His sister, meanwhile, who had originally been the one to call me, had been asking around in New York, where she lived, about different possibilities for treatment. She had discovered that there were a number of other young men who were said to have Kaposi's sarcoma. She put me in touch with a physician at the VA [Veterans' Administration] hospital, I think in Brooklyn. I had a conversation with this physician, and he said, “Oh yes, we had–I think he said–six [patients],” or something like that. I said, “That is amazing.” He said, “Yes, and they are all gay. Is your patient gay?” I said, “I don't know.” Times have changed in terms of what we ask our patients. In the end my patient reluctantly acknowledged that he was gay. That was a time, especially for a young professional, when it was not something that was out in the open.
Anyway, the whole family ended up moving to Washington, and the young man was treated indirectly by me. At that point I was at the NIH full-time, so it was one of the junior fellows at Georgetown who was his primary physician. As was true for most AIDS patients at the time–as is true for a Kaposi's sarcoma patient–he had a prolonged but not especially successful treatment experience at Georgetown. Shortly after, on the heels of his occurrence, another essentially openly gay black man appeared at Georgetown, who had Kaposi's sarcoma and a number of other illnesses. I became involved in his case also, since at that point the information was exploding in terms of the immunology and so on.
Harden: This is still mid-1981?
Goedert: July of 1981.
Harden: In July of 1981 you were beginning to hear more and the MMWR [Morbidity and Mortality Weekly Report] publications and other information were coming out?
Goedert: [Dr. James] Jim Curran [from the CDC] had come by. I do not know exactly how I first got in touch with Curran, but we had a couple of conversations and my initial patient was included in that first MMWR report.
Goedert: I contributed some information from NCI's SEER Program [Surveillance, Epidemiology and End Results] in terms of expected incidence rates and so on.
Harden: What was going through your mind at this point? The disease could not possibly be Kaposi's sarcoma, but it was. Were you and your colleagues thinking about a new disease, were you trying analogies with other things, or were you thinking of zebras or horses at this point?
Goedert: This was certainly a zebra. There was no question about that. The first thought, before I heard anything about the other cases, was that the patient probably had some inherited familial susceptibility. We knew at that time that there were cancer families. Joe Fraumeni and [Dr.] Frederick Li had been studying them. They are now well known in terms of the p53 gene. I strongly suspected that the patient was probably a member of one of these cancer families–what we then called a sarcoma family. I drew blood from the other family members–there were two sisters and the parents–with the intention of at least banking it away until the time when we would have something that we could hang our hats on. There were some other tests such as HLA typing and the like.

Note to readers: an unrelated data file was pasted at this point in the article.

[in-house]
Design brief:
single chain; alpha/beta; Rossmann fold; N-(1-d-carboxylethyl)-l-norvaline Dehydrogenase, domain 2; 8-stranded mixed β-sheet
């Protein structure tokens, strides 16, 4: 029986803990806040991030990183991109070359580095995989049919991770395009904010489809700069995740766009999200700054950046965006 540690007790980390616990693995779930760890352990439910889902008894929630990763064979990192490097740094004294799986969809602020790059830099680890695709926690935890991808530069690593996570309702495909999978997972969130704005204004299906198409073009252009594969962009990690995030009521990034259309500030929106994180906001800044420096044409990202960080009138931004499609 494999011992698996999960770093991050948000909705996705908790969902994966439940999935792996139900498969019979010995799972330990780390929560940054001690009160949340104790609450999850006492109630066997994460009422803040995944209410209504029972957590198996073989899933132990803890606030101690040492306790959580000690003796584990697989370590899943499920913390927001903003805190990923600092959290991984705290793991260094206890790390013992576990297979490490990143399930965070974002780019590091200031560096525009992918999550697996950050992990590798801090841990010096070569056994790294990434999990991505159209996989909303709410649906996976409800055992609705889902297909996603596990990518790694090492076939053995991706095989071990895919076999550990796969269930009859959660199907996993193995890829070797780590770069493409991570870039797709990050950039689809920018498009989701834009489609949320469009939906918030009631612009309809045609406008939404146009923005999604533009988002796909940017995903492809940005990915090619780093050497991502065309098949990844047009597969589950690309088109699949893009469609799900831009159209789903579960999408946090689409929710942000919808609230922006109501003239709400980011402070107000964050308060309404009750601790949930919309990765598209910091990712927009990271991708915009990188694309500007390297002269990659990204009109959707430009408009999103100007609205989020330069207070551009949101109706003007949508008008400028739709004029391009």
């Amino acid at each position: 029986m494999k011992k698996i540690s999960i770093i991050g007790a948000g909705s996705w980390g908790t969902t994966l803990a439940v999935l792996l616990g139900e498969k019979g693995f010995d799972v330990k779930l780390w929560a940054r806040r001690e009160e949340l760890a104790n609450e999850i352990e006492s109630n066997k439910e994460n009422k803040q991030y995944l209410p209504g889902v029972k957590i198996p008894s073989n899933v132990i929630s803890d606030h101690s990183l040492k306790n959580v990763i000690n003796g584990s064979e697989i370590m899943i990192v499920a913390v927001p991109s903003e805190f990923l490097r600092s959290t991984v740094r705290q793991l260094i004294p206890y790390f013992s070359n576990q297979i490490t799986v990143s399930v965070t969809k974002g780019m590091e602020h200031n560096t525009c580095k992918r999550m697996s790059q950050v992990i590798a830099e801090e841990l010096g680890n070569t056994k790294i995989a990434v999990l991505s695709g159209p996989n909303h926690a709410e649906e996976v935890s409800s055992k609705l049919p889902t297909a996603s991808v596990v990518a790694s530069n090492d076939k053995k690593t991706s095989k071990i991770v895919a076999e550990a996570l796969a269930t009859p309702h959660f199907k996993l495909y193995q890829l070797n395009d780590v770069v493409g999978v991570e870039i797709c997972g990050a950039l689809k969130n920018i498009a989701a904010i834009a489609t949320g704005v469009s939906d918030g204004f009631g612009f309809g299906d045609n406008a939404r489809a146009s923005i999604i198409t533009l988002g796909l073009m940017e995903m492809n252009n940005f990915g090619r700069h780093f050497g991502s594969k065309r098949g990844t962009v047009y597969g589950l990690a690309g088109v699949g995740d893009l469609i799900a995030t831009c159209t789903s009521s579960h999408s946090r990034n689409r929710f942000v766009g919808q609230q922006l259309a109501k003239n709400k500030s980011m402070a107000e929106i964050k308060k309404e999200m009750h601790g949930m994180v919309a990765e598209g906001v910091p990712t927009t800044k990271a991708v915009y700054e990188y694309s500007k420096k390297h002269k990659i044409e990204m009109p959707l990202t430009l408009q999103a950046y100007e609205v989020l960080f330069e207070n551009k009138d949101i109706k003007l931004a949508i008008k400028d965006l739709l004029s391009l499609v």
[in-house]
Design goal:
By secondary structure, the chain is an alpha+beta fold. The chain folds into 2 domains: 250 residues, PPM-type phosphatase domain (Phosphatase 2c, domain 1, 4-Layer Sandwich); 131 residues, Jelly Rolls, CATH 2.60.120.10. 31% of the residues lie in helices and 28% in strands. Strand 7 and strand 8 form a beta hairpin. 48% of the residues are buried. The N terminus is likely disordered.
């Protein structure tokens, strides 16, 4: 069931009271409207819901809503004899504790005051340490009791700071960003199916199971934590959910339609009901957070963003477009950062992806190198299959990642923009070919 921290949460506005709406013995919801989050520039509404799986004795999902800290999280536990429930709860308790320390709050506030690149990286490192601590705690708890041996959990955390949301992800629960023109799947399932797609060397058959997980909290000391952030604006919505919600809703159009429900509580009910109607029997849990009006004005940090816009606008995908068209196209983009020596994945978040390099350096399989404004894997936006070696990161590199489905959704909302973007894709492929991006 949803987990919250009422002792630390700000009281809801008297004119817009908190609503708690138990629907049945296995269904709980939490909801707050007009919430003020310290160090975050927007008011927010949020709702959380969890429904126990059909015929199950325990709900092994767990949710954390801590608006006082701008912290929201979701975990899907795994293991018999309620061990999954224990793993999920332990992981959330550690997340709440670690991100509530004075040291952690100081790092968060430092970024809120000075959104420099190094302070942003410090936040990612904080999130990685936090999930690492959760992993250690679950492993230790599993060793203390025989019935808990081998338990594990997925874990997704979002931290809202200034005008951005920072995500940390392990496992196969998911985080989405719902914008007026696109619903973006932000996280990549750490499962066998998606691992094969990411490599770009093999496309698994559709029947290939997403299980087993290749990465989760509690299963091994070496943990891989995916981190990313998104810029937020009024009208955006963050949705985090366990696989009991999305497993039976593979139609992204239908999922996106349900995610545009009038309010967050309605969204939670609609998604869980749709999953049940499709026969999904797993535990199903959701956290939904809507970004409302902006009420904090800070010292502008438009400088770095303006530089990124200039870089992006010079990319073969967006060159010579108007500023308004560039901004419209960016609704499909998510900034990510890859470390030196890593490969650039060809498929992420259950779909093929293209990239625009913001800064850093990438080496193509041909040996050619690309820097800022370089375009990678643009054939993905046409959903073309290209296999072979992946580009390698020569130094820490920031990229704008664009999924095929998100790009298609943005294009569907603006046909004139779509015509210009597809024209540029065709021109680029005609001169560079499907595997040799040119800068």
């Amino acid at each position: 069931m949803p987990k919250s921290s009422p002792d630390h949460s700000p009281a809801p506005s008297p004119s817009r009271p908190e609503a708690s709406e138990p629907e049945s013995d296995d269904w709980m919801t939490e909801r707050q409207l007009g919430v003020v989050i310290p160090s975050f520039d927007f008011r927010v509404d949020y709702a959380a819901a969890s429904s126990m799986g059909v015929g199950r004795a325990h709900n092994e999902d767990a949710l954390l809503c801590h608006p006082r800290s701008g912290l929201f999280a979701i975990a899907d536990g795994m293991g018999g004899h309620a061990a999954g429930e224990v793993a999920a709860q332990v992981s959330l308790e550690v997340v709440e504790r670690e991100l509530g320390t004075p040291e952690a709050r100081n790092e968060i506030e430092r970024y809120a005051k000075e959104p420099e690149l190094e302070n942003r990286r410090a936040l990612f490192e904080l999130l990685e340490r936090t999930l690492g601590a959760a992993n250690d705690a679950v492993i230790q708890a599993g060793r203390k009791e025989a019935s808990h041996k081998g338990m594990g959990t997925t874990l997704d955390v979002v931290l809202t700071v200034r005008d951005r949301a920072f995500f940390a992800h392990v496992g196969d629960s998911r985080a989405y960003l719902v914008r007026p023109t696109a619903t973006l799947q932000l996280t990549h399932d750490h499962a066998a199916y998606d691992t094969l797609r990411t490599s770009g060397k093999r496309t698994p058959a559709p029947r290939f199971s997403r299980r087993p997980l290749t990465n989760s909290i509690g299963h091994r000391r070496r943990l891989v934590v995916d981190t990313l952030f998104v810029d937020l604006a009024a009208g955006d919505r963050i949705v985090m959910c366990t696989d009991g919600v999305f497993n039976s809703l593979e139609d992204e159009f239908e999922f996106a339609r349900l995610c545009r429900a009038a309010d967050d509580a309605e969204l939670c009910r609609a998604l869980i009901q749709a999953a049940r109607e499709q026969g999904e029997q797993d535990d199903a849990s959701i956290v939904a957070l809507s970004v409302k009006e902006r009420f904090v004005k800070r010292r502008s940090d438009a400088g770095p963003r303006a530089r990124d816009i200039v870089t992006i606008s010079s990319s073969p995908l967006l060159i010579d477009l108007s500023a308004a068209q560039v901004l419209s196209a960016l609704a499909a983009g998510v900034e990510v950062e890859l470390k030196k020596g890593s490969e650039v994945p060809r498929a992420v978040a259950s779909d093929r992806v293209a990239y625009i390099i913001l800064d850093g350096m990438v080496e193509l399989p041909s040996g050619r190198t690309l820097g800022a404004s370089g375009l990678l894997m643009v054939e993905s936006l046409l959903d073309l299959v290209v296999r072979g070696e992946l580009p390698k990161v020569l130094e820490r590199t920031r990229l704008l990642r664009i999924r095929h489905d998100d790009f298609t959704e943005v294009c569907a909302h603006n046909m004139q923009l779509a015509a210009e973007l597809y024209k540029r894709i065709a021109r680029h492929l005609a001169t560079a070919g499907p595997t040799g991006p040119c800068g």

Once it became clear that this was an outbreak among homosexual men, it completely changed the character of the disease. [Dr. Robert] Bob Biggar arrived in our group at NCI almost at the same time as I did, and Bob came to us with more of an infectious disease orientation. We talked about two essentially different theories as to what the disease might be. We had some, at least for me, eye-opening discoveries as to the gay lifestyle of the time.
Bob and I initially took two approaches to this. First, I took the approach of characterizing some of the immune abnormalities. We had, in early to mid-1981, bought into the new technology of flow cytometry by getting a cell sorter. [Dr.] Mark Green suggested that I try to “round up some gays,” as he put it, and see what their cells looked like. I went back to my sister-in-law and asked for her assistance. I knew she had some acquaintances that were gay. In fact, she put me on to a fellow who helped me set up a pilot study of fifteen gay men in Manhattan that we still have going twelve years later. Essentially, we characterized the CD4 and CD8 populations in the first two [AIDS] cases at Georgetown and then in these fifteen gay men in New York. We came up with the startling discovery that half of the asymptomatic New York men were immunologically abnormal and also that there was an apparent association with nitrite inhalant use.